Originally Posted by Amorph
wizard69, I like the way you're thinking about this.
Apple could release an answer to a netbook if they wanted to, using the iPhone/iPod touch platform.
I have to think Apple is working on something like this. Most likely an extension of the iPod line, the idea is to get the massive volume that a media player would get but to also extend the Touch environment for more capability.
1) Hardware cost can be higher than the competition's, because the initial price is subsidized by a contract; cell phone reception + wireless = a true "net"book, almost always connected.
Actually I'm hoping for optional carrier capability. Ideally the device would have a port/expansion slot for the RF modem to go with the carrier of your choice. Or no carrier if you want to go sans Mobile carrier. While I'd like to have a cell data option I also want options.
As to price I don't really think it will be all that bad. With the next round of chips we should be able to get a good system for only a little more than the price of an iPod Touch + the RF solution that the user chooses. Frankly I'd rather have the option of no contract too.
2) No issues with Mac application compatibility or performance, or with scaling the Mac interface down to a small screen-- it would actually be an upgrade from the iPhone's screen.
Exactly. Though I would appreciate an upgrade to iPhone's user interface. We certainly don't want the overhead of a desktop interface. The main thing is the need for real multitasking and the support for all the hardware in the device.
In any event iPhone has already demonstrated that apps will not be an issue if the platform is compelling. More so it ought to be able to run current iPhone apps so will have a reasonable head start. Of course apps for the native screensize will come too.
3) No need for a cramped physical keyboard--it would actually be an upgrade from the iPhone's present keyboard.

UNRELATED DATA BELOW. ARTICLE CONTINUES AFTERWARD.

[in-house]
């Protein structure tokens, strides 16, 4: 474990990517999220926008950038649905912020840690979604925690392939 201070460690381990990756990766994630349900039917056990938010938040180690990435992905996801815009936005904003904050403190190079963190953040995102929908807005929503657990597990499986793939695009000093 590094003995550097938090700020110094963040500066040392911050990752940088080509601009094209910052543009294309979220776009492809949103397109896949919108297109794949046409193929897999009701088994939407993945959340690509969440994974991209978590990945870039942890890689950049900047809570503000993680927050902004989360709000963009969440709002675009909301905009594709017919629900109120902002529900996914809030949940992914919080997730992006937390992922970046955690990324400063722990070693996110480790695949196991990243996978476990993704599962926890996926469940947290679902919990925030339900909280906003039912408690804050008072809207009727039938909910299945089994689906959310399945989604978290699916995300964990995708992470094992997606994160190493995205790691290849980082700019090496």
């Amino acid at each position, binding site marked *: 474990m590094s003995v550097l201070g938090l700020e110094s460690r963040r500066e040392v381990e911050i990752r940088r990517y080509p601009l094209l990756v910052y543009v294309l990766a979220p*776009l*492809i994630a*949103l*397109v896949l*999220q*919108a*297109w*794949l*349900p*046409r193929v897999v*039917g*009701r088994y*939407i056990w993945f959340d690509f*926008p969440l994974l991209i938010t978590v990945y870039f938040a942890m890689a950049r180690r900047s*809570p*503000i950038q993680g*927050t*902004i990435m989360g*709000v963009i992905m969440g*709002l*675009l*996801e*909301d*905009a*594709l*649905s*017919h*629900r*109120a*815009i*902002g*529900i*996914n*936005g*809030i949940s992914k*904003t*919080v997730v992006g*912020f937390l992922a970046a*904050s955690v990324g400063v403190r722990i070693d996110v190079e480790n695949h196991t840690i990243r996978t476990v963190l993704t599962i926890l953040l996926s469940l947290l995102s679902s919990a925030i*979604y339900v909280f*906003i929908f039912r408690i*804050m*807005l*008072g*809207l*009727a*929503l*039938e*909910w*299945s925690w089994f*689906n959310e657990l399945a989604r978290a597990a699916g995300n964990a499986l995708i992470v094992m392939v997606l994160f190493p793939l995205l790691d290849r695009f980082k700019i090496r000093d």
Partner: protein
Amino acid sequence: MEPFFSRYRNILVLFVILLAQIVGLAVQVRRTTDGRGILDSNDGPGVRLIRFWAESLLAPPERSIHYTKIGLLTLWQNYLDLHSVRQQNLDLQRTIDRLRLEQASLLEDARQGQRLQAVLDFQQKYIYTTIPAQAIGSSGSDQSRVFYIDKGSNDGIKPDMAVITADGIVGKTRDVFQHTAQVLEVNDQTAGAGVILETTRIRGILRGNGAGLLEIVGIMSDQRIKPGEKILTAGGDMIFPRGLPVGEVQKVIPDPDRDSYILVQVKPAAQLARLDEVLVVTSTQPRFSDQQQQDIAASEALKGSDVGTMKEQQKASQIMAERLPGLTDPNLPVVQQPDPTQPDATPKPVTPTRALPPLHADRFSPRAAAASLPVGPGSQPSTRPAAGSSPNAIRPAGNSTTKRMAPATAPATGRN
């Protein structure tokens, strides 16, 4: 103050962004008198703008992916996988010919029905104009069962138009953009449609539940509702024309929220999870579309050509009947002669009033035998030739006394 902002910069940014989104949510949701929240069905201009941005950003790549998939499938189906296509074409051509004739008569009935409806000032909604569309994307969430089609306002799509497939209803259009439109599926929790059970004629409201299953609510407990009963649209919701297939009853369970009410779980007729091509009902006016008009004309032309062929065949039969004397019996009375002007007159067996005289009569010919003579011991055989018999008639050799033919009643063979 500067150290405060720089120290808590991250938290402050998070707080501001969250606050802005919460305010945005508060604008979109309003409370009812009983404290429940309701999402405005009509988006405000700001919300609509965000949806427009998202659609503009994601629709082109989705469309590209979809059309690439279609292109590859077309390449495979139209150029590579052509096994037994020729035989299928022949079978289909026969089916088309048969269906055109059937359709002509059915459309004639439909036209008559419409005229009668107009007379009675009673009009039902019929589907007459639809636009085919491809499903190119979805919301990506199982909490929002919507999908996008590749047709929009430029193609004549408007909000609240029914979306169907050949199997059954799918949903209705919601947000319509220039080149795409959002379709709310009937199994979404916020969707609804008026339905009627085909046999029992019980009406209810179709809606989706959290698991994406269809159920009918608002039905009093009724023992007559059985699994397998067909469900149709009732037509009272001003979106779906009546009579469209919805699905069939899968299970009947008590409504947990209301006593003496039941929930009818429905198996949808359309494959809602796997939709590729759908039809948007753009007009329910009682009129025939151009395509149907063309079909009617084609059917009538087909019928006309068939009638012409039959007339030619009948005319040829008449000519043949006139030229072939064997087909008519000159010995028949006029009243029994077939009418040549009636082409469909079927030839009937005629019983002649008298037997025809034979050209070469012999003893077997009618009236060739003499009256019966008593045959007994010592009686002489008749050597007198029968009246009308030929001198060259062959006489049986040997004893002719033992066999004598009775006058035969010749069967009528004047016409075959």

I'm mixed on physical keyboards. If the keyboard reduces screen size it is a no go.
4) Battery life should be good, given the larger physical size and the iPhone OS' optimizations for power conservation.
Given that the PC board wouldn't be much larger than the iPhone's the battery could be very large indeed. This will be the result of the next generation of SoC that will come out, small and high performance.
5) There may be a separate market of people who would like the iPhone UI scaled up to a larger size because of poor eyesight.
Well that is something that is more of a current issue for me but to be honest I'd rather Apple kept the same density on a larger display. The current screen is very sharp but I'd like to have 720P capable screen. That for media like movies but should also work well as an ebook reader.
6) Given that the physical interface need be no more complicated than the iPhone's, the Apple netbook can actually be physically smaller and "sexier" than other netbooks.
Yeah! A kindle without the huge bezel. Well and a color screen.
7) There is an option to make a Kindle-style reader on a screen that is big enough to not guarantee eyestrain. In fact, it would be a much better platform for document handling generally.
Yep. I'm not sure if people realize just how handy this device will be. The thing is, it can be a completely different solution depending on a specific persons usage.
1) Dave's point that there is a usability gulf between "pocketable" and "not pocketable" is well taken. The only real reason to field this thing is to hit a price point that a full Mac cannot reach.
I disagree on the this, they real reason to field the device is that it will solve many user problems or meet specific wants. That and it will sell like hot cakes.
2) Given 1), Apple might have trouble finding a cost/profit sweet spot in this market. They are aware that people are buying iPhones instead of laptops, but the question is, how many? and how many would be willing to give up "pocketability?"
I'm expecting or hoping for a family of devices. Ideally one would be paper back book size so pocketable is still possible.
3) Backward compatibility with iPhone apps? I'm not sure what all the technical difficulties would be. Similarly, if you got an app for your iBook (heh) would it run on the iPhone? Does Apple want to Balkanize this young platform?
Some backward cmpatibility would be easy.
4) And of course: Does Apple want to cannibalize sales of its popular and highly profitable Mac notebook line?
Nothing personal but the word cannibalize should not be used in this forum.
The MacBook Air is the long-promised "executive PowerBook." It's aimed at a completely different market.
Well right from the beginning I thought the AIR was A joke and still think the concept has a ways to go. The important thing though is that these hand held devices will have many capabilities that attract many different users. They could be eBook readers for one, an Internet device for others, a communications device for excutives and a tablet for the medical industry. That is just a start.